Twenty-seven-year-old Trixie Chua dresses like most hip millennials do today – mom jeans and basic tees for sustainability with a dash of style. But with old becoming the new cool and grandma dressing even trending earlier this year, she’s inspired to bring back her grandma’s fashion in her own label, Dear Samfu.
This homegrown sustainable fashion label is known for its collections of samfus [Cantonese: 衫裤], a breezy top and trouser pair usually made of the same fabric, ranging from silk to cotton. The top (sam 衫) is secured with studs or loops while the bottoms (fu 裤) are waistband trousers.
Trixie got her inspiration for Dear Samfu from her grandmother’s wardrobe during a visit to her house. Many women like her grandma wear their samfus for decades and rarely splurge on new clothes.
“Just like our grandmothers in the past, we should love our clothes till they’re totally worn out,” says Trixie.
“[It’s] the same clothing they had from when they were young,” says Trixie.
She felt that it was something young people should “aspire to achieve”, in terms of “the things we wear, how we choose our clothes wisely”.
Inspiration Behind The Brand
Trixie is unsure if her grandmother fully understands her business initiative. However, she expresses excitement towards it.
“When I showed [the samfus] to her, it actually looked like what she wore so she’s pretty excited about that…She also excitedly asked me to open her wardrobe to see her samfu collection.”
The marketing staff of an e-commerce company runs the brand as a side hustle. Always wanting to start a business and create something useful, Trixie believed that it was finally time to translate her ideas to “something credible” and turned her samfu designs to life.
More free time during the circuit breaker spurred her to take the leap of faith in May for her first launch. “Everyone [was] all going online and it was a great time to enter via the online space,” she says.
Starting out, she wasn’t worried about the receptiveness of the business but more of the awareness surrounding what the samfu is. According to Trixie, her friends knew that samfus were worn by grandmothers and aunties but didn’t know the proper term for it.
Her current customers are mostly in their 20s to 30s. Despite the brand only being only a few months old, it has sparked interest overseas, especially to foreigners of Asian descent who “can relate to this story” and culture.
Trixie says that the samfu is “versatile” and the organic cotton fabric of the samfu also takes Singapore’s hot and humid climate into consideration.
She had put much thought into the initial process of ensuring that each product stood by the brand’s sustainable and fair practices. Initially, one of the bigger struggles that she faced was sourcing for a suitable supplier that also shared her beliefs.
“I didn’t have a background in fashion design, so a lot of things I was learning along the way.”
She researched online and found partners and manufacturers in Thailand to work on her designs. Deadstock materials from bigger brands are used to make the samfus by a family-run factory that ensures ethical standards and payment of living wages.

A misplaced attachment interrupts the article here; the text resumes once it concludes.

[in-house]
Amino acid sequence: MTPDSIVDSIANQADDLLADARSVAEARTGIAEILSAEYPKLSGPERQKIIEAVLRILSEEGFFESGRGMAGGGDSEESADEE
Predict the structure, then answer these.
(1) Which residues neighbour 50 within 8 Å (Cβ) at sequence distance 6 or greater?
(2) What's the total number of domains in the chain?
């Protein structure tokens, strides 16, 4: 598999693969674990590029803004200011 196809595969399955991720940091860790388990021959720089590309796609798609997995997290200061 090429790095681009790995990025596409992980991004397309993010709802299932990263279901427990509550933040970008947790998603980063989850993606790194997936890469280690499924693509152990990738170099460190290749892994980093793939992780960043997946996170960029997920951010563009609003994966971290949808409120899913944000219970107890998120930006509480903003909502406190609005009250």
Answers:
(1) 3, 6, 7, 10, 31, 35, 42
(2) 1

Solely corresponding online due to Covid-19, she has yet to meet her business partners. Communicating via calls included having to plan and perfect the fit and design of the samfu all online before being able to make it in even larger quantities.
One of the sustainable practices the brand follows is producing in small quantities to prevent the problem of waste. In 2019, Singapore generated more than 168,000 tonnes of textile and leather waste, equivalent to about 11,563 double decker buses. However, only 4% of such waste was recycled, according to data from the National Environment Agency.
“I make [them] in small quantities. We have to test the markets first so we don’t create more waste if we overproduce.”
With smaller quantities, however, production cost per piece will go up. Using sustainably sourced materials and paying workers fair wages also add to the cost.
Each piece of clothing from Dear Samfu costs $85 to $99, relatively more expensive than what one would see on the racks of a fast fashion brand. Trixie acknowledges this.
She doesn’t want to charge consumers simply based on a price mark-up but what they’re willing to pay for her clothing. “There’s a very fine balance between value-based pricing and markup pricing,” she says.
She explains that she has to put the customers first by trying to price the items affordably but it also has to cover the overall cost to make sure it’s “still a viable business to run”.
It’s Not Expensive to Dress Sustainably
Despite this, Trixie believes that one of the biggest misconceptions people have about wearing sustainable fashion is that it is expensive.
“Apart from choosing from sustainable brands like Dear Samfu, there’s also secondhand shops, thrift shops, there’s also Carousell… [Find] alternatives of different ranges of prices depending on your comfort level.”
She says that the first step for people who are trying to be sustainable in their fashion choices is to think about “the mileage that [they] can get out of the clothing”. Think about the number of times they can wear it or decide if they want it simply because it is a current trend.
Her personal fashion staples are her mom jeans and basic tees as they “go well with everything”.
Trixie’s personal goal is for more people, especially young women, “to understand the importance of making wise fashion choices and really consider sustainable alternatives” by educating them through Dear Samfu.
As for Dear Samfu’s future plans, Trixie feels that “going international is the way to go”. She sees the brand expanding in terms of designs but hopes to stick with inspiration from her grandmother’s generation.